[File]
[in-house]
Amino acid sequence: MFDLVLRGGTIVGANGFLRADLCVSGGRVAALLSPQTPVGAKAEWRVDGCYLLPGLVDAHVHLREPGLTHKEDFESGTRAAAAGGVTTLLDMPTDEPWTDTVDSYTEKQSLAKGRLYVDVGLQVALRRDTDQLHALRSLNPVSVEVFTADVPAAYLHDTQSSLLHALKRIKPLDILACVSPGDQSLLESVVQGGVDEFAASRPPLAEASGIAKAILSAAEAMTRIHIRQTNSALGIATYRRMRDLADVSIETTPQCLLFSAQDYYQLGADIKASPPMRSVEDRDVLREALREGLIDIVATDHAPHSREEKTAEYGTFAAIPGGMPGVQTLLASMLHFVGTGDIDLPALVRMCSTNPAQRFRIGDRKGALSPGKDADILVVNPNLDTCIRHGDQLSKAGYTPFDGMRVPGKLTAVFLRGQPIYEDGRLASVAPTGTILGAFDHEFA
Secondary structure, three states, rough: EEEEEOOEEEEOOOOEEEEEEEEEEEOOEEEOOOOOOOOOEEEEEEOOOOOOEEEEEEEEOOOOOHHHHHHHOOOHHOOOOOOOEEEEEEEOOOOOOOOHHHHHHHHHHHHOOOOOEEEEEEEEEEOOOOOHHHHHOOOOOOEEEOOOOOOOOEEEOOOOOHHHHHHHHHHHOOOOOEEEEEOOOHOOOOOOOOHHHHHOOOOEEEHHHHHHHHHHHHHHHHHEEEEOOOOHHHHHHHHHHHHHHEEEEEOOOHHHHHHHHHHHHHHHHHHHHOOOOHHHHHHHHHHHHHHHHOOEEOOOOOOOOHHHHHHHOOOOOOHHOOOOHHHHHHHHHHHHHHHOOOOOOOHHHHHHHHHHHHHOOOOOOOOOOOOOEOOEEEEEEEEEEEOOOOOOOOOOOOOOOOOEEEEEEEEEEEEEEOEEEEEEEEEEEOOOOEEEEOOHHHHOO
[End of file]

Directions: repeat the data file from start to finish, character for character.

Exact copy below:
[in-house]
Amino acid sequence: MFDLVLRGGTIVGANGFLRADLCVSGGRVAALLSPQTPVGAKAEWRVDGCYLLPGLVDAHVHLREPGLTHKEDFESGTRAAAAGGVTTLLDMPTDEPWTDTVDSYTEKQSLAKGRLYVDVGLQVALRRDTDQLHALRSLNPVSVEVFTADVPAAYLHDTQSSLLHALKRIKPLDILACVSPGDQSLLESVVQGGVDEFAASRPPLAEASGIAKAILSAAEAMTRIHIRQTNSALGIATYRRMRDLADVSIETTPQCLLFSAQDYYQLGADIKASPPMRSVEDRDVLREALREGLIDIVATDHAPHSREEKTAEYGTFAAIPGGMPGVQTLLASMLHFVGTGDIDLPALVRMCSTNPAQRFRIGDRKGALSPGKDADILVVNPNLDTCIRHGDQLSKAGYTPFDGMRVPGKLTAVFLRGQPIYEDGRLASVAPTGTILGAFDHEFA
Secondary structure, three states, rough: EEEEEOOEEEEOOOOEEEEEEEEEEEOOEEEOOOOOOOOOEEEEEEOOOOOOEEEEEEEEOOOOOHHHHHHHOOOHHOOOOOOOEEEEEEEOOOOOOOOHHHHHHHHHHHHOOOOOEEEEEEEEEEOOOOOHHHHHOOOOOOEEEOOOOOOOOEEEOOOOOHHHHHHHHHHHOOOOOEEEEEOOOHOOOOOOOOHHHHHOOOOEEEHHHHHHHHHHHHHHHHHEEEEOOOOHHHHHHHHHHHHHHEEEEEOOOHHHHHHHHHHHHHHHHHHHHOOOOHHHHHHHHHHHHHHHHOOEEOOOOOOOOHHHHHHHOOOOOOHHOOOOHHHHHHHHHHHHHHHOOOOOOOHHHHHHHHHHHHHOOOOOOOOOOOOOEOOEEEEEEEEEEEOOOOOOOOOOOOOOOOOEEEEEEEEEEEEEEOEEEEEEEEEEEOOOOEEEEOOHHHHOO